• Hug Hug x 4
    • Optimistic Optimistic x 1
  4. Jenny15

    Jenny15 Type 2 · Well-Known Member

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    Hi Lily, you sound exactly like me when I was diagnosed with T2, 9 years ago at the age of 40. I was the youngest in my family to get T2 (about half the extended family have it, plus several T1s).

    As a child and teen, family were always telling me to lose weight or I'd get diabetes. So I put my head in the sand and carried on overeating and yo-yo dieting. I tried every diet there is, and only gained weight after each diet.

    I now know my T2 genes led to overeating, weight gain, insulin resistance, and T2.

    I also have sleep apnoea, hypertension and depression (the depression is OK at the moment though). I have learned that these three conditions very often go with T2, even after weight loss. BUT...

    And it is an important but for you Lily... you CAN get physically and emotionally healthy... and you have made terrific progress. Better than I did!

    As someone who has to some degree been through what you're going through, can I share what worked for me?

    I got the right medical treatment I could for all the things I have, which for me included antidepressants (but that might not be right for you, it's something to consider and chat with your GP about some time), and I decided to value and respect myself.

    It took me until my 40s to realize and accept that I have a right to live a good life and to be treated with basic respect by others. Whether that is a boss, a doctor, family, a friend or a stranger in a shop. If am being disrespected I don't have to just take it and not rock the boat.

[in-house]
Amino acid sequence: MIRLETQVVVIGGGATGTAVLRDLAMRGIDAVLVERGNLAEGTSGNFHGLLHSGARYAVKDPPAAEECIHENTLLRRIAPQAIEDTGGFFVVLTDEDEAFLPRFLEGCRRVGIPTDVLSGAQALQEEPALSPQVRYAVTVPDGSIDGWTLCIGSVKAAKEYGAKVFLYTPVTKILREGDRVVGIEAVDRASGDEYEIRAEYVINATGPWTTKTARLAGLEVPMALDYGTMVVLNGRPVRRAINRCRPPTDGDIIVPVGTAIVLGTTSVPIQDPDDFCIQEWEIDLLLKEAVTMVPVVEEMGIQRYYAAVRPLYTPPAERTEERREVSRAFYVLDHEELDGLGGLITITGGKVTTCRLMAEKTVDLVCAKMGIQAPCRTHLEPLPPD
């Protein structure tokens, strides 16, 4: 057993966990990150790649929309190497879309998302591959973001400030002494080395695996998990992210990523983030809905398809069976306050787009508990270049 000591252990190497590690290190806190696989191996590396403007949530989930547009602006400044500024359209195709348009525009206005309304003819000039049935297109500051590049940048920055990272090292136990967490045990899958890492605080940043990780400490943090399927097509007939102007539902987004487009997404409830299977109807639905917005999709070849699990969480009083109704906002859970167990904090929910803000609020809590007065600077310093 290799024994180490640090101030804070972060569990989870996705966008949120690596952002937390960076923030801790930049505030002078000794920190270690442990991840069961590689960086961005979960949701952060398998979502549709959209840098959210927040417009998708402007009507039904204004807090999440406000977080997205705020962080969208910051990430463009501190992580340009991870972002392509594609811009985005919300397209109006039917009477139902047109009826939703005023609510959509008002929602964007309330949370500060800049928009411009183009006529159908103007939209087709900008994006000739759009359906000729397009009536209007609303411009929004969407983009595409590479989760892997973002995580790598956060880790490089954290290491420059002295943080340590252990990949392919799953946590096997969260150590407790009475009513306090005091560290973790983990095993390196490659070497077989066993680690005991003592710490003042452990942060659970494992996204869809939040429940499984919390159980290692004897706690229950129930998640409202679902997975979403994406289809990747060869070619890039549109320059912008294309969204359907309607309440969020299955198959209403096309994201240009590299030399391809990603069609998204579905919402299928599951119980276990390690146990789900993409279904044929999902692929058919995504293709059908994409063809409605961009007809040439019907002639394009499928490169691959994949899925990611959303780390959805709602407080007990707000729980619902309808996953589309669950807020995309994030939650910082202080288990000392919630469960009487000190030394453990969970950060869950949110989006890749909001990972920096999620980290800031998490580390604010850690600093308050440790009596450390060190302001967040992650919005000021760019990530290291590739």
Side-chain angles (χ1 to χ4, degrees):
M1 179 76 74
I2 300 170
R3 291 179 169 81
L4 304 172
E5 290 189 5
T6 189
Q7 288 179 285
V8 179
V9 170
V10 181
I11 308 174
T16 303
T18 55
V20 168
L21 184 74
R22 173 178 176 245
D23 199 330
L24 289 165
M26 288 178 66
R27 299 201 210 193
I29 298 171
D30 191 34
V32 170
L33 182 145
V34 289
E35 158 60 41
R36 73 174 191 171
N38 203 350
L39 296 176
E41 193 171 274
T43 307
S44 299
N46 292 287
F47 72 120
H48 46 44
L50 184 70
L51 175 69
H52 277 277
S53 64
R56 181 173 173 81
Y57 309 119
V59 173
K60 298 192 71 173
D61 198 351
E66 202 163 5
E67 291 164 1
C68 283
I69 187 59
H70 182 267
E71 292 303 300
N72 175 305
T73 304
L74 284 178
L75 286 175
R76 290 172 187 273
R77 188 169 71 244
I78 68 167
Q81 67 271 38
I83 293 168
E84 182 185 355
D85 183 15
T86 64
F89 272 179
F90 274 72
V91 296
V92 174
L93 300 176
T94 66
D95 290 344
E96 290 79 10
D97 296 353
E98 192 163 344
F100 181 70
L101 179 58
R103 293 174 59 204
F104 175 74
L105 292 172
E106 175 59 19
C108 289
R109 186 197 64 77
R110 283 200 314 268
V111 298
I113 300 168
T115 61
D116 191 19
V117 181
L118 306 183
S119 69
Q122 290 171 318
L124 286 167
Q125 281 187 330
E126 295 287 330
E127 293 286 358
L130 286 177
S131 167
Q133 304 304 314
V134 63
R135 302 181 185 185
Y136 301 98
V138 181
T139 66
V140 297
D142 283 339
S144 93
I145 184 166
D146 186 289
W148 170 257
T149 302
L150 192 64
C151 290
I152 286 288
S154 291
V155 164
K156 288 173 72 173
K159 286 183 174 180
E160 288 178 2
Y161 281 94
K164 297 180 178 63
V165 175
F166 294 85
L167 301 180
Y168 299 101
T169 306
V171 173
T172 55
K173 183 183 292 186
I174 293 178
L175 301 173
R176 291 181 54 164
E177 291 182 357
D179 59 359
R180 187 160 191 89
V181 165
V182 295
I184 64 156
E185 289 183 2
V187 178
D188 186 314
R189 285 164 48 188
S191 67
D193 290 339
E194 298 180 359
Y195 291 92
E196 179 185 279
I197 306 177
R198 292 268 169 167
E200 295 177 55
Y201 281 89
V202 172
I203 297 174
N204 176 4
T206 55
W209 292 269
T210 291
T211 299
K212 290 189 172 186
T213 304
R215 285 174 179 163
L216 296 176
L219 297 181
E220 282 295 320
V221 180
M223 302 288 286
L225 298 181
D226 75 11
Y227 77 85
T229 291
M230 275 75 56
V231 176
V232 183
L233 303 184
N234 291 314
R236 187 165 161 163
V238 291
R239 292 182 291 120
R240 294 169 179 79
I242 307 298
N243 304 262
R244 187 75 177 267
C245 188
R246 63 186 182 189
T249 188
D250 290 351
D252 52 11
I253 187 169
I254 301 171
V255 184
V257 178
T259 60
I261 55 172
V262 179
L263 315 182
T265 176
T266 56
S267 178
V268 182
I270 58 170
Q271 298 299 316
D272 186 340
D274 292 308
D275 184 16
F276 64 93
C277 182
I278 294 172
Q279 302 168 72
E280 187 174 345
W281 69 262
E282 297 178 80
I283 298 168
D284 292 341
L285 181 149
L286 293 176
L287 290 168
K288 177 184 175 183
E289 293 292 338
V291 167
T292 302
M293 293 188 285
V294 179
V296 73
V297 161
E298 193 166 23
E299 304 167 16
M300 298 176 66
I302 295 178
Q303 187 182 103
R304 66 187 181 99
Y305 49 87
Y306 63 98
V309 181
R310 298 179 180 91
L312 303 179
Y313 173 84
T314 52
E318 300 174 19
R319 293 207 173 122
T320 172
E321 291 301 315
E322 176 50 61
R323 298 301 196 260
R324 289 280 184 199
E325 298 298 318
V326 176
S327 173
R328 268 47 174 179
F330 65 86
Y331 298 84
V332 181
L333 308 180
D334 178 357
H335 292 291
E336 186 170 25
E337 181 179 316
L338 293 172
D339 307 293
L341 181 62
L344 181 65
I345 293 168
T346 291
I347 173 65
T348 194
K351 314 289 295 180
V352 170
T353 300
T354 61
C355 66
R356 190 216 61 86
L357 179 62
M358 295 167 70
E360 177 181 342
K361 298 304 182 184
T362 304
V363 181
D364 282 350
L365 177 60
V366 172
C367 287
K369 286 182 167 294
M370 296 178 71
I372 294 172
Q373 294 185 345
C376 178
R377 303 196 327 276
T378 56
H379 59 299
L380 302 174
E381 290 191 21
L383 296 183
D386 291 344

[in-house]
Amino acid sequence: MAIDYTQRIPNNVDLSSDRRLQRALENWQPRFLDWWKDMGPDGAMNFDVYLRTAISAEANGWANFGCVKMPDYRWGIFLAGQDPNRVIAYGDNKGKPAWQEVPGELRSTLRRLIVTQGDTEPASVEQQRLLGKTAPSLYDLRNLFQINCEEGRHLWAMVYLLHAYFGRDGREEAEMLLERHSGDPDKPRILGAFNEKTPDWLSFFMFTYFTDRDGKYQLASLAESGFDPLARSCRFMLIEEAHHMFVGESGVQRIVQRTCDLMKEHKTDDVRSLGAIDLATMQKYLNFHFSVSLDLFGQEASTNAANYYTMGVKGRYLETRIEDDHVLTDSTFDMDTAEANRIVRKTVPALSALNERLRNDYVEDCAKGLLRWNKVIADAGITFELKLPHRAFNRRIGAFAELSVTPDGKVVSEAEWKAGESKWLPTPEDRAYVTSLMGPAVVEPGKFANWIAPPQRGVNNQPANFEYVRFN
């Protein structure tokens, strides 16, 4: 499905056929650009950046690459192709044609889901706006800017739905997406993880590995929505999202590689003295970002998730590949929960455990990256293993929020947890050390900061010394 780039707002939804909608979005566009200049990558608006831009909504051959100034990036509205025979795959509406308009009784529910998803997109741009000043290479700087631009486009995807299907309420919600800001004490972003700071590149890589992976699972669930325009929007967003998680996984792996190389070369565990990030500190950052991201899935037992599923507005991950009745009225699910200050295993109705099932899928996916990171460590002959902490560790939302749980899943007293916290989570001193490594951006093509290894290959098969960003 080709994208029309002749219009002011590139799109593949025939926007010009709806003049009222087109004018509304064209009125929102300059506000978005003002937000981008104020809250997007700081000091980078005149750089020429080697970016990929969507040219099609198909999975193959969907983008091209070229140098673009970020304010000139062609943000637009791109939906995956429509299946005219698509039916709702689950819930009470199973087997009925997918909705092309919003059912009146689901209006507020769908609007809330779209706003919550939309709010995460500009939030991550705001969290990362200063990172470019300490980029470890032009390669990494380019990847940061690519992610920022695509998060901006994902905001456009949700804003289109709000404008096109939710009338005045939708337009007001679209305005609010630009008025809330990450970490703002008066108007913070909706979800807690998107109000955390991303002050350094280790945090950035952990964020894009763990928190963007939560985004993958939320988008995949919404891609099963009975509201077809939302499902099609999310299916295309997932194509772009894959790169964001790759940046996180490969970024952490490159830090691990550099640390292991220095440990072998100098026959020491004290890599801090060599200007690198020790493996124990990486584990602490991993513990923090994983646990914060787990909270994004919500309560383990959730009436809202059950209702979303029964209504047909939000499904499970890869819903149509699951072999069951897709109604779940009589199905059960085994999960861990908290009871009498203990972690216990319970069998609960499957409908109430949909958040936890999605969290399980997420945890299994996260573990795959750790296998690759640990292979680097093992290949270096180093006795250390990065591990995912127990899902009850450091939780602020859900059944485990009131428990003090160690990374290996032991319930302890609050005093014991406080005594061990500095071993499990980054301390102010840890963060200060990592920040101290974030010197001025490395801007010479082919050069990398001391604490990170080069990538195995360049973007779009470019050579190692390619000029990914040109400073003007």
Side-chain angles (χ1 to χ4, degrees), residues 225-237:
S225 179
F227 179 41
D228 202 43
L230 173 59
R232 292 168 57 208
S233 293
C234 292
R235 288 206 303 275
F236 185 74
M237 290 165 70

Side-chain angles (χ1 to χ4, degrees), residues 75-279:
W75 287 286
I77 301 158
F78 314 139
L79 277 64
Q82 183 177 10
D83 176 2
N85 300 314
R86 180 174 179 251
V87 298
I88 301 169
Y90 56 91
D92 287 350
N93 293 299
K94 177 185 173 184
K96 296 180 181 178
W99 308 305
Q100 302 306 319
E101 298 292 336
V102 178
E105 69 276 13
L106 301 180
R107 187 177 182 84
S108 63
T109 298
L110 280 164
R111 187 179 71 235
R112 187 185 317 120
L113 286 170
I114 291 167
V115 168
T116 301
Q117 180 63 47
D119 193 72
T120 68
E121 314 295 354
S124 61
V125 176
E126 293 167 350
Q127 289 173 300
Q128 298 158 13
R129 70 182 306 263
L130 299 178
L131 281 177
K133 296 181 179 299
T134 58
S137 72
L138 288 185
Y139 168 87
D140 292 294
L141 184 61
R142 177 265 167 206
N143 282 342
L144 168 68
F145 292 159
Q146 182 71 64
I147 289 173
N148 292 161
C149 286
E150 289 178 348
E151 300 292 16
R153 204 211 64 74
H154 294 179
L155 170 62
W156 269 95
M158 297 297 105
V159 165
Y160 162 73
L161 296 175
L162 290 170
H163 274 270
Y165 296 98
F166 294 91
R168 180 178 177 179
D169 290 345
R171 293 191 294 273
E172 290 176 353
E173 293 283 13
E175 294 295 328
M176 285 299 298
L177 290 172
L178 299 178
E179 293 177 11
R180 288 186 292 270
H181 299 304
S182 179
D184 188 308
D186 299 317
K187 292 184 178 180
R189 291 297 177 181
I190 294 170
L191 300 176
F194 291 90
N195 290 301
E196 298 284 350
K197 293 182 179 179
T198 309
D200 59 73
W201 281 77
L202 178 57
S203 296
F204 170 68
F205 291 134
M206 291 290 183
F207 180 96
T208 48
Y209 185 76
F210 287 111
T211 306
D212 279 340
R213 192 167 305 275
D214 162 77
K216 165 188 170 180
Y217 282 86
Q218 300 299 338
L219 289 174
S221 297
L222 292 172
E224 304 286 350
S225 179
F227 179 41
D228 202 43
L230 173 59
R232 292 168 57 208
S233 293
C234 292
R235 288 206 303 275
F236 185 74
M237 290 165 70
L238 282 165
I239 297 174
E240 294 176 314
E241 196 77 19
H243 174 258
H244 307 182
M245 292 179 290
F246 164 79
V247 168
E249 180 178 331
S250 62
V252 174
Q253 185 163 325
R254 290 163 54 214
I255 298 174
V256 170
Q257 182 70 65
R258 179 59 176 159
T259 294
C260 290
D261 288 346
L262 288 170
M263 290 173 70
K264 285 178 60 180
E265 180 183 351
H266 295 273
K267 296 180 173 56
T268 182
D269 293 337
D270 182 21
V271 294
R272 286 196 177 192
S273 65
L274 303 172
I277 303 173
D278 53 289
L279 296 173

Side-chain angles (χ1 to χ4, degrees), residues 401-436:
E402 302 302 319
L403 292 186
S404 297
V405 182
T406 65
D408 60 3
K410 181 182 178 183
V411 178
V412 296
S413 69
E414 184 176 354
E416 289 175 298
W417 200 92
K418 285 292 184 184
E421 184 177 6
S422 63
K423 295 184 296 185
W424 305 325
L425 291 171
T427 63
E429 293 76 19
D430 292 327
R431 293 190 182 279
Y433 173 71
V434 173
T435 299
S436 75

I can choose to ignore & note it, or be assertive (polite but firm), or leave, or take the steps I need in order to leave when I can. We usually have more than two choices.

    If I had left certain situations (such as relationships, jobs) earlier, I might have avoided chronic stress and the damage that can do to one's physical health. It took me years to stop beating myself up for that. I now accept that I did my best with what I knew at the time. And I learned lessons I can use to avoid the same problems again.

    My Mum, bless her, didn't know what we know today about raising kids to be emotionally healthy and have good self esteem. She raised us how her parents had raised her. They raised her how their parents had, and so on...

    Our generation has a chance to break the cycle. We now know the basics of how to raise emotionally healthy kids. Love, warmth, praise, boundaries, and consistency. I can't go back and change what was, but I can treat myself with those principles. It works much better than scolding myself 24/7!

    I could write all day about this so I better finish for now. In case you haven't seen it, here is some info that helped me understand the real reason I got T2, and it wasn't from overeating and being obese. It was genetic bad luck. Hope it helps.
    • Winner Winner x 1